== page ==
RE: Artifact: poor fixation or inadequate slide drying

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From:"Weems, Joyce" <>
To:'Adrienne Vair' <>,

If you coverslip from a xylene substitute - you might try using xylene
again. That stopped the identical complaints of our pathologists. Good luck!

> -----Original Message-----
> From:	Adrienne Vair []
> Sent:	Monday, May 29, 2000 1:57 AM
> To:
> Subject:	Artifact: poor fixation or inadequate slide drying
> Our pathologist's are concerned with the poor nuclear morphology they have
> been routinely seeing for many years; foamy appearance, muddy nuclear 
> staining (H&E).  I suggested that we look at extending the time in 10% 
> formalin as up until then, surgical specimens were received throughout the
> day from the O.R. in 10% Neutral Buffered Formalin (NBF) and most were
> being 
> processed the same day with the exception of bowel, uterus, and breast 
> tissue which were being opened and fixed 24 hours. We extented the
> fixation 
> time to a minimum of 24 hours for all surgical specimens including 
> colposcopy, endoscopy and fine needle biopsies but to no avail (and the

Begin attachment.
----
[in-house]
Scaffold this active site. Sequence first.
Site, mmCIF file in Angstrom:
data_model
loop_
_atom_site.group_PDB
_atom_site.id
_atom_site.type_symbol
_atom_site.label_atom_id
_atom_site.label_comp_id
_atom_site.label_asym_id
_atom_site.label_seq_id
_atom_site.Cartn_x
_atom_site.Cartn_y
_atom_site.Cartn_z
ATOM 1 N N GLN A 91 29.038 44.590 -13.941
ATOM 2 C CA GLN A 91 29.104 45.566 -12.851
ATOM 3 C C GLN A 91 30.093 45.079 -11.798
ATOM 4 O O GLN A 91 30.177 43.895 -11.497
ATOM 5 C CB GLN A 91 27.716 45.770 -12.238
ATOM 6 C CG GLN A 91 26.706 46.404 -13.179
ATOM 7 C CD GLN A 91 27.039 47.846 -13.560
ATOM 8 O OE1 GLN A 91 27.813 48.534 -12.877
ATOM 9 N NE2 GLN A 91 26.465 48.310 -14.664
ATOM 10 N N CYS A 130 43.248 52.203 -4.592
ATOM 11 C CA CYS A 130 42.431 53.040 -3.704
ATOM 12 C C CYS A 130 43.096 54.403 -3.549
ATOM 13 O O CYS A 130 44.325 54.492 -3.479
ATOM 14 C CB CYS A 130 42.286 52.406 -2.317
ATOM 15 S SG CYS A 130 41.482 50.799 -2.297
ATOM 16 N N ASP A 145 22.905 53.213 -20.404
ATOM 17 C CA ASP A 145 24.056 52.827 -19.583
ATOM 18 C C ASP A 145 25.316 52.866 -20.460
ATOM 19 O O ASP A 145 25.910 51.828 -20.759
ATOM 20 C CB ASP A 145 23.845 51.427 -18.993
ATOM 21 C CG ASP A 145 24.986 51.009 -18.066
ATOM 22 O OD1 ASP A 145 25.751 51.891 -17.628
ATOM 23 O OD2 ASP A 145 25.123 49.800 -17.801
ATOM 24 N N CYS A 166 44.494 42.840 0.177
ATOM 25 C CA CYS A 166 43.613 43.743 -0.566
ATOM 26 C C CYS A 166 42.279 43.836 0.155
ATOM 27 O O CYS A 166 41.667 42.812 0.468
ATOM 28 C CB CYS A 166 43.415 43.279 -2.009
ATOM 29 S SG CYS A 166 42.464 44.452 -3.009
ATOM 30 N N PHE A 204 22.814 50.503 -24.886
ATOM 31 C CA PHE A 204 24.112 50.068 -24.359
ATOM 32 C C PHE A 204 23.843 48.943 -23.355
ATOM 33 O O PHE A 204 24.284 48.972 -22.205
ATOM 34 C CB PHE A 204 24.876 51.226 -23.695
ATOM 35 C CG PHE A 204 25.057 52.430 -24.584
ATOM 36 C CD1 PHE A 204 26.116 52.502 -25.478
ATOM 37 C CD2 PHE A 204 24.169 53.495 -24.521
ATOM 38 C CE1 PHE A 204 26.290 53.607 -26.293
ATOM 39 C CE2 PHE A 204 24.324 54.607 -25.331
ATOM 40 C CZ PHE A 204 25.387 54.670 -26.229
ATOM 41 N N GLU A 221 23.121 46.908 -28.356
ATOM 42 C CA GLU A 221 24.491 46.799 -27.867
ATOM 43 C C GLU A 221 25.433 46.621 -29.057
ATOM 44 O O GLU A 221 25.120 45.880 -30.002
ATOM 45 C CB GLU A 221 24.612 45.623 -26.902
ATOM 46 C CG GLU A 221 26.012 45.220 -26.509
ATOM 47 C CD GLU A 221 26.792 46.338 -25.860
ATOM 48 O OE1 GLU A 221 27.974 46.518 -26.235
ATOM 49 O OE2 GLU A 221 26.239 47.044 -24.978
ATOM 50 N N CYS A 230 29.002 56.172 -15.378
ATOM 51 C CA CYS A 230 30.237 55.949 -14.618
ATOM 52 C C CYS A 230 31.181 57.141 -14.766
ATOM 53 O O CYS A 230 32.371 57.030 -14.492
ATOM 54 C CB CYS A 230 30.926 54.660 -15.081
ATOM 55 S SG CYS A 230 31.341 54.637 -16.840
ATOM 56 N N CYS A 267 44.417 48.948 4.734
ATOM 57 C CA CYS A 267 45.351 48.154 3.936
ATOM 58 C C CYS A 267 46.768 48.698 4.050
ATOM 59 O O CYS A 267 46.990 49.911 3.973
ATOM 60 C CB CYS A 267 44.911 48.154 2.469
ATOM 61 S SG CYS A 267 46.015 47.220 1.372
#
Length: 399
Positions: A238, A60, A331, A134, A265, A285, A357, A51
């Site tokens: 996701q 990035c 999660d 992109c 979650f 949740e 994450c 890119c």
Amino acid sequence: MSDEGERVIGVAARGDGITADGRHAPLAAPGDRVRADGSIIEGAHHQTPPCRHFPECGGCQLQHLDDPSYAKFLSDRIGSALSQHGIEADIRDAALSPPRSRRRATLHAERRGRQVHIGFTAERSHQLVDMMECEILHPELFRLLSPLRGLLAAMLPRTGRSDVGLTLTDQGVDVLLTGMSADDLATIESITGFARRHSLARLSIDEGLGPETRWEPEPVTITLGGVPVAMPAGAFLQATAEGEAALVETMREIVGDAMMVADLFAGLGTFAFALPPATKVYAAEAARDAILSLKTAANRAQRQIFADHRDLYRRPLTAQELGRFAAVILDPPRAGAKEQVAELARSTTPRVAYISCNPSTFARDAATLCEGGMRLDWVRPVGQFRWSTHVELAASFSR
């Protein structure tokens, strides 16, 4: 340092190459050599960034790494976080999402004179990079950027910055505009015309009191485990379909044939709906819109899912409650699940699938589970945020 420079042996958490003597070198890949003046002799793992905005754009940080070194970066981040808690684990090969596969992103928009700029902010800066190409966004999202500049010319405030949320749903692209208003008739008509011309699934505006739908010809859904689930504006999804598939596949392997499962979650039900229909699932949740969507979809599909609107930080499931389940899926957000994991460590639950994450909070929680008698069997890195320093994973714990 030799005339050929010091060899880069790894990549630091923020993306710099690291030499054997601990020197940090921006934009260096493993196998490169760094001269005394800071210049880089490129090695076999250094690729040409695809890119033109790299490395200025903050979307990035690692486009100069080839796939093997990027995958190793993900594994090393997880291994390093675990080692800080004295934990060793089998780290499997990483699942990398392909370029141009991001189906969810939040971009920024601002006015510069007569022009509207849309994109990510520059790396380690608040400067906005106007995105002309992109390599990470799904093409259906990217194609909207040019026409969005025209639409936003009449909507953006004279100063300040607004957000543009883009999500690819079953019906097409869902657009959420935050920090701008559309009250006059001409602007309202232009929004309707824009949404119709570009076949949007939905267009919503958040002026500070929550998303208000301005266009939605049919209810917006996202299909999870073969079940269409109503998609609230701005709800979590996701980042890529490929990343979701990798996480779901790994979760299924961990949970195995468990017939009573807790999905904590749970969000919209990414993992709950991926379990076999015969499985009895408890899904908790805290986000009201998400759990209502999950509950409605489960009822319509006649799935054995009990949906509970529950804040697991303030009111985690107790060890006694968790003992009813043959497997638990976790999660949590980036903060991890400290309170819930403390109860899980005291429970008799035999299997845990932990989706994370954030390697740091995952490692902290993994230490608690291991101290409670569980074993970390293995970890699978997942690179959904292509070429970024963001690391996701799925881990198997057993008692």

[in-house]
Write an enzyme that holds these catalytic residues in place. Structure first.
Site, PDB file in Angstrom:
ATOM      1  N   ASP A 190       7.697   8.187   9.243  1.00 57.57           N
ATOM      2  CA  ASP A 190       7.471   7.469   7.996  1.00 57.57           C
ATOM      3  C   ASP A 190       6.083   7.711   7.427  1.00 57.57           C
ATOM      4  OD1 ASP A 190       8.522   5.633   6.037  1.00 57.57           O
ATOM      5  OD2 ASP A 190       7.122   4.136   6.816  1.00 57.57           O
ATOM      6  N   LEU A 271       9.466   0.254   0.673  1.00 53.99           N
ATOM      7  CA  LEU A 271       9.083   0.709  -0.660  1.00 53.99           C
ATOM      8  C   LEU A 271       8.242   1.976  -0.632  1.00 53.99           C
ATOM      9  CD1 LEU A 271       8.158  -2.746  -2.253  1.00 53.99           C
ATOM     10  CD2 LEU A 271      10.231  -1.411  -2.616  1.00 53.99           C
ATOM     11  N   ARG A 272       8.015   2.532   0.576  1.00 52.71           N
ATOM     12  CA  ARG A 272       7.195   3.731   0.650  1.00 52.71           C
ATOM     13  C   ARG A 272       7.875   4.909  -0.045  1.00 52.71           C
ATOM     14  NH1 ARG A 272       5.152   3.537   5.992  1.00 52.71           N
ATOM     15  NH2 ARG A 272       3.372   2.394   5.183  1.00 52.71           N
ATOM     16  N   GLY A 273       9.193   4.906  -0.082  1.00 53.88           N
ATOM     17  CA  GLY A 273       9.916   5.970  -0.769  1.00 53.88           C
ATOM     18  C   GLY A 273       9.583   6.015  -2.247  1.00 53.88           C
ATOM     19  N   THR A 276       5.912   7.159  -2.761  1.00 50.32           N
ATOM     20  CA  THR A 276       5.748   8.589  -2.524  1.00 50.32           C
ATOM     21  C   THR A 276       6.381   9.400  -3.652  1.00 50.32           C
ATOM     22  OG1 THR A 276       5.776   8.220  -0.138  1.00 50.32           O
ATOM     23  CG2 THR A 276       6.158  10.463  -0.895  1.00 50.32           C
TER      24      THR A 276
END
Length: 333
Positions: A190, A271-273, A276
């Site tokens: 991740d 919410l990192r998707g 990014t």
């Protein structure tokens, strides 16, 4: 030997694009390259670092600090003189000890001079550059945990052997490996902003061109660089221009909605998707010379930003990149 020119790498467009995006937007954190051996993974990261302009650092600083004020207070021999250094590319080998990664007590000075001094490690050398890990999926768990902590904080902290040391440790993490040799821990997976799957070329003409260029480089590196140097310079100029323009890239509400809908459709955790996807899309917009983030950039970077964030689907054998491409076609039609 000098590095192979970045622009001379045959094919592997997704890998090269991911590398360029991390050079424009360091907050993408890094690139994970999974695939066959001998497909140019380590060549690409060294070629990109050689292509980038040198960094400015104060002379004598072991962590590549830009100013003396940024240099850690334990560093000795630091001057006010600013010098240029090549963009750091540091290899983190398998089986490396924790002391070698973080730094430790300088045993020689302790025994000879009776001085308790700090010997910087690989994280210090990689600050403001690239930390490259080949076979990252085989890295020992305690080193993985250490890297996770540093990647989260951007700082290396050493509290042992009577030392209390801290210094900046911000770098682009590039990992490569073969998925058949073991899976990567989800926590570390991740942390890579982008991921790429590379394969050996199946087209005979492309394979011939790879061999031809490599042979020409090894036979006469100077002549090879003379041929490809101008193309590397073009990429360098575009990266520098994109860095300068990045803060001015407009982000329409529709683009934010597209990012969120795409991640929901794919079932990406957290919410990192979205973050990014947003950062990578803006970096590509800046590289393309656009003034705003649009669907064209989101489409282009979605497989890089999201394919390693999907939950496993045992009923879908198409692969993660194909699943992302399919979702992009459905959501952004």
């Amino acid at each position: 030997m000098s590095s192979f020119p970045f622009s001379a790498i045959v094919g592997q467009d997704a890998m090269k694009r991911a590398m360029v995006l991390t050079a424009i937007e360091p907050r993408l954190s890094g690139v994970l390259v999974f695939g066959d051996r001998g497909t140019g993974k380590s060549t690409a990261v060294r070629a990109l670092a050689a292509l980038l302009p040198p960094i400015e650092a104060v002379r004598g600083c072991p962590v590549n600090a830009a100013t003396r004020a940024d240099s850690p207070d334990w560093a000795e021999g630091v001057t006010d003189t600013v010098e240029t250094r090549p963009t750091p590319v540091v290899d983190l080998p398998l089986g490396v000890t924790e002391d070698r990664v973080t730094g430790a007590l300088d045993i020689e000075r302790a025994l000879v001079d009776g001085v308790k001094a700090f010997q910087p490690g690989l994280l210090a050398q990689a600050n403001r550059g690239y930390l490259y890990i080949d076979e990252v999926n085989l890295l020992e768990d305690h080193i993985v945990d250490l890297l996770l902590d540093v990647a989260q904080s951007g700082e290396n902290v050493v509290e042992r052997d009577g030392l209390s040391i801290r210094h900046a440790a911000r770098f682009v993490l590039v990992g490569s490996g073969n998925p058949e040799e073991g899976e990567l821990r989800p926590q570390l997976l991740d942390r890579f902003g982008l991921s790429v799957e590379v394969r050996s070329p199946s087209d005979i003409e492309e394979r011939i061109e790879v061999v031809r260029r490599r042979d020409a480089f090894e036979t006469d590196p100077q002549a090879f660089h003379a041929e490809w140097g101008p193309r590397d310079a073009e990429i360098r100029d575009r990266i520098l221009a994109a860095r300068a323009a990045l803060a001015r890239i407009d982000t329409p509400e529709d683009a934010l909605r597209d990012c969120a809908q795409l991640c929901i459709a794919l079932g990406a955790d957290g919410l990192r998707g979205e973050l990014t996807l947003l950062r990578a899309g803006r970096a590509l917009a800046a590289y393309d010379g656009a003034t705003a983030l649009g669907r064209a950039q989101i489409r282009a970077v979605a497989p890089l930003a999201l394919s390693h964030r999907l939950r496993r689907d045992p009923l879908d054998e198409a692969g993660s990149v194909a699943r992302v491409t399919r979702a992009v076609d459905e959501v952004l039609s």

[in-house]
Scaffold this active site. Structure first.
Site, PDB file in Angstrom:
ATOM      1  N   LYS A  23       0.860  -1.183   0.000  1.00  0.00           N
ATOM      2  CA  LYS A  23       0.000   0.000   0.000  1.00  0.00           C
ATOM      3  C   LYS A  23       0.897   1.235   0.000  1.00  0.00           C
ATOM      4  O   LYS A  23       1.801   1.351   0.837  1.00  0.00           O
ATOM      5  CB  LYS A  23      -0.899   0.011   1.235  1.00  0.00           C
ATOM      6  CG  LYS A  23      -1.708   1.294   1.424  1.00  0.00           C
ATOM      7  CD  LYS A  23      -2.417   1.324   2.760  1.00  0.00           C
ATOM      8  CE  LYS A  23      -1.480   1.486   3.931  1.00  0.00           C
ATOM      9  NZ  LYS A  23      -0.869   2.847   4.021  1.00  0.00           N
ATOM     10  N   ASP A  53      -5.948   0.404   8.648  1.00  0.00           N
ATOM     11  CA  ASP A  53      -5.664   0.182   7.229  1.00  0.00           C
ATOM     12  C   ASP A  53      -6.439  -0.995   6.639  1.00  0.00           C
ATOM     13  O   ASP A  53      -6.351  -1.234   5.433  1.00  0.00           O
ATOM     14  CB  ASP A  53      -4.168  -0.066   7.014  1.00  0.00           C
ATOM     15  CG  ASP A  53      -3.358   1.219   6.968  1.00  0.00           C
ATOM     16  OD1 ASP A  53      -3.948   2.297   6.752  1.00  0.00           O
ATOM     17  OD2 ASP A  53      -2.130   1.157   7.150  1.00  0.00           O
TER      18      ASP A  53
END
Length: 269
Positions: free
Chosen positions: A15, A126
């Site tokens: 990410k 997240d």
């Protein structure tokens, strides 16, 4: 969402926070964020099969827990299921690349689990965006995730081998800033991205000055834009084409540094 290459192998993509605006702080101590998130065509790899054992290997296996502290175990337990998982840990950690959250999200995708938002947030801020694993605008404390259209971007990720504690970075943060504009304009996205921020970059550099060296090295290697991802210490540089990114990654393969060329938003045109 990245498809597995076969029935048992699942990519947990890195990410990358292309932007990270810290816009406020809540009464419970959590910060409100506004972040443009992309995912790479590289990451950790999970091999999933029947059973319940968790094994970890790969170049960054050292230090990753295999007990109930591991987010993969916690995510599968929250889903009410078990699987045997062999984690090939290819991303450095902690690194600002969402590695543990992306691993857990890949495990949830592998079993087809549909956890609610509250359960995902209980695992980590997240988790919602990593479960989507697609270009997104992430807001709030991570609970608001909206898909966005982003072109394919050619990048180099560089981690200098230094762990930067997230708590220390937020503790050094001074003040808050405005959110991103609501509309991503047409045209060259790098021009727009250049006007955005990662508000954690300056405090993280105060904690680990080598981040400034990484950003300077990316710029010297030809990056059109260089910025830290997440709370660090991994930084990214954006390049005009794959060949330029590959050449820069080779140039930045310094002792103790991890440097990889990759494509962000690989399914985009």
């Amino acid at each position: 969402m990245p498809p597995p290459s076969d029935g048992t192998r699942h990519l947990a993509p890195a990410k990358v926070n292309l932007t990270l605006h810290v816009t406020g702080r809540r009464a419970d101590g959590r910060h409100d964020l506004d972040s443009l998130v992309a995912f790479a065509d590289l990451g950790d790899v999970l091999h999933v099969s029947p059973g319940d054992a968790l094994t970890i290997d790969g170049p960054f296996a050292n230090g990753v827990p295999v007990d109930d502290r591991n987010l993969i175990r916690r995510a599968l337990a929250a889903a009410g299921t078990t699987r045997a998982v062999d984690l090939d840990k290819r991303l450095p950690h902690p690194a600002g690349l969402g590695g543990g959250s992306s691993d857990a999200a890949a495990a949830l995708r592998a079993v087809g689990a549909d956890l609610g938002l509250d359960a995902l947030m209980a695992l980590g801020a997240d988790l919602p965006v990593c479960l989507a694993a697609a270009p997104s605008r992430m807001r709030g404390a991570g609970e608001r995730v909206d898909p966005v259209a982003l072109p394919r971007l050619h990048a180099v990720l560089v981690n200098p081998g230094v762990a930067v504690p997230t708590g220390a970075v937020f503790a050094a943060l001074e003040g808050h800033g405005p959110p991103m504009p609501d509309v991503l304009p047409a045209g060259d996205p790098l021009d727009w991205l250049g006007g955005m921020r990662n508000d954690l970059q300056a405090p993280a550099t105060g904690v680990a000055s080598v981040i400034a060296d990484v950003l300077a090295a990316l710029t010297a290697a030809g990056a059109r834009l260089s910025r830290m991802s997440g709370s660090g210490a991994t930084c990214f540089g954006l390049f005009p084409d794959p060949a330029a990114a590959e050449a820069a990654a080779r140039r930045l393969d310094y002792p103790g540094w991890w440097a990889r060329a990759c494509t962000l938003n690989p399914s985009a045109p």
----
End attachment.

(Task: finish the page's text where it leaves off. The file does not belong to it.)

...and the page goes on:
> increase in turn around time concerned the physicians). The morphology 
> remained poor. I looked at temperatures of all reagents during processing 
> and embedding, and checked the pH of the 10% formalin being made up and
> used 
> routinely. I stopped using the microwave oven to dry slides as I could not
> find any literature to confirm that microwaving a rack of 20 slides for 7 
> minutes at full power (with small containers of water in the oven chamber)
> did not affect the tertiary structure of the proteins in the tissues. Nor 
> could I find a procedure in the lab or references as to where the idea 
> originated.  They are now being dried at 60 degrees celcius for one hour
> in 
> an oven prior to staining.  The pathologist's insisted that the problem
> was 
> not with fixation but with staining, I made improvements there but as I've
> stated before I could not improve on the nuclear morphology. My question
> is, 
> is this a fixation problem? Is this a slide drying problem as I have 
> recently read on this site?  I have read the article on alcohol/xylene 
> tissue processing (Journal of Histotechnology March 2000 issue page 45,
> and 
> the ideas seemed feasible but because it is unconventional, I would 
> appreciate some other ideas and comments.
> Thanks for the input.
> Adrienne Vair MLT BMLSc
> Histology Supervisor
> Medicine Hat Regional Hospital
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